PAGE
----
Researchers have published the results of the first study to look at the relationship between caffeinated coffee and one type of glaucoma in U.S. residents. Their results suggest that consuming enough caffeinated coffee can cause vision loss or even blindness, a finding of major significance to those considered at-risk for glaucoma.
The scientists concluded that individuals who drink caffeinated coffee should limit how much they drink. Heavy consumption is linked to elevated risk of developing exfoliation glaucoma, ScienceDaily reports.
This type of glaucoma is the end result of pseudoexfoliation syndrome, which was identified by a Finnish ophthalmologist in 1917. The glaucoma that develops is the most common identifiable form of secondary open-angle glaucoma in the world, according to Medscape.
Scandinavian populations have the highest frequency of exfoliation syndrome in the world. The University of Iowa says patients with this condition develop deposits of white, flaky material like dandruff in many tissues of the eyes. As many as 50 percent of those who suffer from it develop exfoliation glaucoma.
The author of the study results, JaeHee Kang, ScD, of Brigham and Women's Hospital in Boston, says that Scandinavian populations also have the highest global consumption of caffeinated coffee. Researchers had already associated high caffeinated coffee intake with an elevated risk of primary open-angle glaucoma.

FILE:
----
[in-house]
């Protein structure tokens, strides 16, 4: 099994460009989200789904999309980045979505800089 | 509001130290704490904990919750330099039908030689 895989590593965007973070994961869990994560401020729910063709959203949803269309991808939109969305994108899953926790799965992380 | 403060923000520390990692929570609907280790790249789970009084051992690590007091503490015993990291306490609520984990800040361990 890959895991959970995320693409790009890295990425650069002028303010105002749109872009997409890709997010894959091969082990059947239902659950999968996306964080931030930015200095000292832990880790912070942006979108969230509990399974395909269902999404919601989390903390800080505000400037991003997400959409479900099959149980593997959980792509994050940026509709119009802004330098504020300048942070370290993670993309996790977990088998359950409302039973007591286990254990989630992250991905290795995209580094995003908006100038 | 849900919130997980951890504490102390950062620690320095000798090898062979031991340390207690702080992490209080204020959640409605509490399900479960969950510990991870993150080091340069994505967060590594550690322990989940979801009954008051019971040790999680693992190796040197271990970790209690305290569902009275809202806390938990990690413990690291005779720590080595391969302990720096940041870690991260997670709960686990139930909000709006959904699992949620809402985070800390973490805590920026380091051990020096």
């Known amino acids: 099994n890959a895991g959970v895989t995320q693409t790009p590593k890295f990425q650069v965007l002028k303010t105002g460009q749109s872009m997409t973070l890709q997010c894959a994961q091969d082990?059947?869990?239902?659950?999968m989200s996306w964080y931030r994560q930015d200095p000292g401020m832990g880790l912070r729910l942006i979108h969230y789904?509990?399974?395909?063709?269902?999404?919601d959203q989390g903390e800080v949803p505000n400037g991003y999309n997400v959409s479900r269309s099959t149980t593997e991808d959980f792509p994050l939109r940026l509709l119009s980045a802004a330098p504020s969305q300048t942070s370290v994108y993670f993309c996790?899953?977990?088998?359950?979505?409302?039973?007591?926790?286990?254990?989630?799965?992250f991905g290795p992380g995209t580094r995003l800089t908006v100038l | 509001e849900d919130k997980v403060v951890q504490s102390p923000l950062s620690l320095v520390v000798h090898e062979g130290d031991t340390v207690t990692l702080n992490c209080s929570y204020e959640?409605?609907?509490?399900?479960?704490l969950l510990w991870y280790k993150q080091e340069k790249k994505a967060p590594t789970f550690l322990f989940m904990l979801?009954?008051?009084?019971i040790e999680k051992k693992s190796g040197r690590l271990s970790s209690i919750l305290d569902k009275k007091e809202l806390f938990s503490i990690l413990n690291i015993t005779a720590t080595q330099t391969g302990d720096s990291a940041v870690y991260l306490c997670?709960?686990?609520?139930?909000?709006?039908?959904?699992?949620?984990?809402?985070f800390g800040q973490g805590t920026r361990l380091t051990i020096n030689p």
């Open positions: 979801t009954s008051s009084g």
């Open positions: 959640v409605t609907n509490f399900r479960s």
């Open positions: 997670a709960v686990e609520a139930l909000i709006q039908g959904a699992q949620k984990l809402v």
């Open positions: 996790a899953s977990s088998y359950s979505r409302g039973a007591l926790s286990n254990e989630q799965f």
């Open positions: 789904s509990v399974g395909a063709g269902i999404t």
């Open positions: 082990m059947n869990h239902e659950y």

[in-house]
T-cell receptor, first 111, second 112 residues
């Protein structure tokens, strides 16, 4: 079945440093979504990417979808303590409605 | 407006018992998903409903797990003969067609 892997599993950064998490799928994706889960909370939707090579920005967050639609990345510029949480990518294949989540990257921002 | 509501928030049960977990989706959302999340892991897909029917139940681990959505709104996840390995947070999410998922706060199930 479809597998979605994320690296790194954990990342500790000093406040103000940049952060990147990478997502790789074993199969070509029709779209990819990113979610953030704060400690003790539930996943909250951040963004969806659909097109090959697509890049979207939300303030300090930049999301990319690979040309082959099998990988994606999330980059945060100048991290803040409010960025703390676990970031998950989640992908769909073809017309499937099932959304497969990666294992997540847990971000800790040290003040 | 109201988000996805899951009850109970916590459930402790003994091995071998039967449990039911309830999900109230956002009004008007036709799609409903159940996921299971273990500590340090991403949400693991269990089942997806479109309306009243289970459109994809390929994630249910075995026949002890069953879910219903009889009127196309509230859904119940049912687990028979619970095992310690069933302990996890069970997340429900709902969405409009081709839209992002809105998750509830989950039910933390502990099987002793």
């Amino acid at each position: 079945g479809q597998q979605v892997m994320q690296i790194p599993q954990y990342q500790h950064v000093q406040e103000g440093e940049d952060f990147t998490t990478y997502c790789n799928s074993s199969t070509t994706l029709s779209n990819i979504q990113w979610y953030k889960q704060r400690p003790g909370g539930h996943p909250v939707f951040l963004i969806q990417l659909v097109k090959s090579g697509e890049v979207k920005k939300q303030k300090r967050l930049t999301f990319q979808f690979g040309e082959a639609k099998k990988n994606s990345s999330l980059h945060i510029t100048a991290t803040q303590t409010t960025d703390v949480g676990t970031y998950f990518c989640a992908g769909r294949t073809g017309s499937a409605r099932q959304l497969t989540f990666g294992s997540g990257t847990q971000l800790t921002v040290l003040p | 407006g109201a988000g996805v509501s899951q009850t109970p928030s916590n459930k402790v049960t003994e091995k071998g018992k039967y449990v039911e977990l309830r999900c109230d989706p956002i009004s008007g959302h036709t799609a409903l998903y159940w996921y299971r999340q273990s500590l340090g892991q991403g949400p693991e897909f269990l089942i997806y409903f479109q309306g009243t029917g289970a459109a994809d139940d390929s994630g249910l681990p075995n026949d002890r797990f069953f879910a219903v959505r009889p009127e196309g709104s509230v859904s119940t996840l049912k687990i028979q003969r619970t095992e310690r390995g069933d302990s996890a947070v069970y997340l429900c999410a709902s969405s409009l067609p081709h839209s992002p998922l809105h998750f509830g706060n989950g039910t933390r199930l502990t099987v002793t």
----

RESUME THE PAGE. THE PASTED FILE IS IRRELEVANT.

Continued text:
Study subjects included 78,977 women from the Nurses' Health Study and 41,202 men from the HealthProfessionals Follow-Up Study. All were at least 40 years old. None had glaucoma. All reported eye exams during a specified period.
The researchers collected information on the subjects' consumption of caffeinated beverages and reviewed their medical records to determine cases of exfoliation glaucoma. This disorder causes elevated eye pressure and damage to the optic nerve.
Compared to subjects who abstained, those who consumed at least three cups of caffeinated coffee a day showed an elevated risk of developing exfoliation glaucoma or at least some signs of it. However, the scientists acknowledge that more research is needed to better understand the causes of this type of glaucoma.
Twice a year for five years, pressure readings at an eye exam have caused my ophthalmologist to frown. They vary a little, around 20 or 21, in each eye. After checking my eyes thoroughly, she sighs and says that I don't quite have glaucoma -- yet. Fortunately, I don't drink coffee.
As someone who does admit to loving diet soda, which contains a significant amount of caffeine, I was initially alarmed when I read about this study. However, while the research team concluded that caffeinated coffee can cause vision loss, they found no link between drinking other caffeinated products like soda, tea, and chocolate and an elevated risk of developing this eye troublesome eye disease.
Vonda J. Sines has published thousands of print and online health and medical articles. She specializes in diseases and other conditions that affect the quality of life.